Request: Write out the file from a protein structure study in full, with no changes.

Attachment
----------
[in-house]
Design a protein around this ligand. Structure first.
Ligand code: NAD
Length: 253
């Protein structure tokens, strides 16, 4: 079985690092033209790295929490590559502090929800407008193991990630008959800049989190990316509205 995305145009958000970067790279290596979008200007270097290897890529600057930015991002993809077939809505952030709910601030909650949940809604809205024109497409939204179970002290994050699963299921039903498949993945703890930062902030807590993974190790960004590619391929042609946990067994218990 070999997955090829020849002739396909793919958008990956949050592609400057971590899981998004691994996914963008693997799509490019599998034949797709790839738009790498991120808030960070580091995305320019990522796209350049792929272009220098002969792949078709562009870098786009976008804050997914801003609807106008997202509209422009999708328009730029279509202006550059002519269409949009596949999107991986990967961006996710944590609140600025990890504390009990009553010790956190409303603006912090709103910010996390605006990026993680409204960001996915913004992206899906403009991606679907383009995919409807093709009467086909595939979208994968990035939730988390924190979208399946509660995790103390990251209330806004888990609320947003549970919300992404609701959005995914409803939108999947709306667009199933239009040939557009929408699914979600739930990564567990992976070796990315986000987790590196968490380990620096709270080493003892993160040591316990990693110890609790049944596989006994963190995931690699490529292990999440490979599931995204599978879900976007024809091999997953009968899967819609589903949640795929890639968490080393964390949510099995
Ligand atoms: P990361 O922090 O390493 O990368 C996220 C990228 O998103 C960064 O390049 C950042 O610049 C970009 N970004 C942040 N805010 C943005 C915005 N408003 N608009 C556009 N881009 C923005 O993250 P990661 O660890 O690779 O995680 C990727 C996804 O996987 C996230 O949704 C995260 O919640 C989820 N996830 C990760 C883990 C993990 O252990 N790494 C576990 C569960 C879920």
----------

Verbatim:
[in-house]
Design a protein around this ligand. Structure first.
Ligand code: NAD
Length: 253
């Protein structure tokens, strides 16, 4: 079985690092033209790295929490590559502090929800407008193991990630008959800049989190990316509205 995305145009958000970067790279290596979008200007270097290897890529600057930015991002993809077939809505952030709910601030909650949940809604809205024109497409939204179970002290994050699963299921039903498949993945703890930062902030807590993974190790960004590619391929042609946990067994218990 070999997955090829020849002739396909793919958008990956949050592609400057971590899981998004691994996914963008693997799509490019599998034949797709790839738009790498991120808030960070580091995305320019990522796209350049792929272009220098002969792949078709562009870098786009976008804050997914801003609807106008997202509209422009999708328009730029279509202006550059002519269409949009596949999107991986990967961006996710944590609140600025990890504390009990009553010790956190409303603006912090709103910010996390605006990026993680409204960001996915913004992206899906403009991606679907383009995919409807093709009467086909595939979208994968990035939730988390924190979208399946509660995790103390990251209330806004888990609320947003549970919300992404609701959005995914409803939108999947709306667009199933239009040939557009929408699914979600739930990564567990992976070796990315986000987790590196968490380990620096709270080493003892993160040591316990990693110890609790049944596989006994963190995931690699490529292990999440490979599931995204599978879900976007024809091999997953009968899967819609589903949640795929890639968490080393964390949510099995
Ligand atoms: P990361 O922090 O390493 O990368 C996220 C990228 O998103 C960064 O390049 C950042 O610049 C970009 N970004 C942040 N805010 C943005 C915005 N408003 N608009 C556009 N881009 C923005 O993250 P990661 O660890 O690779 O995680 C990727 C996804 O996987 C996230 O949704 C995260 O919640 C989820 N996830 C990760 C883990 C993990 O252990 N790494 C576990 C569960 C879920």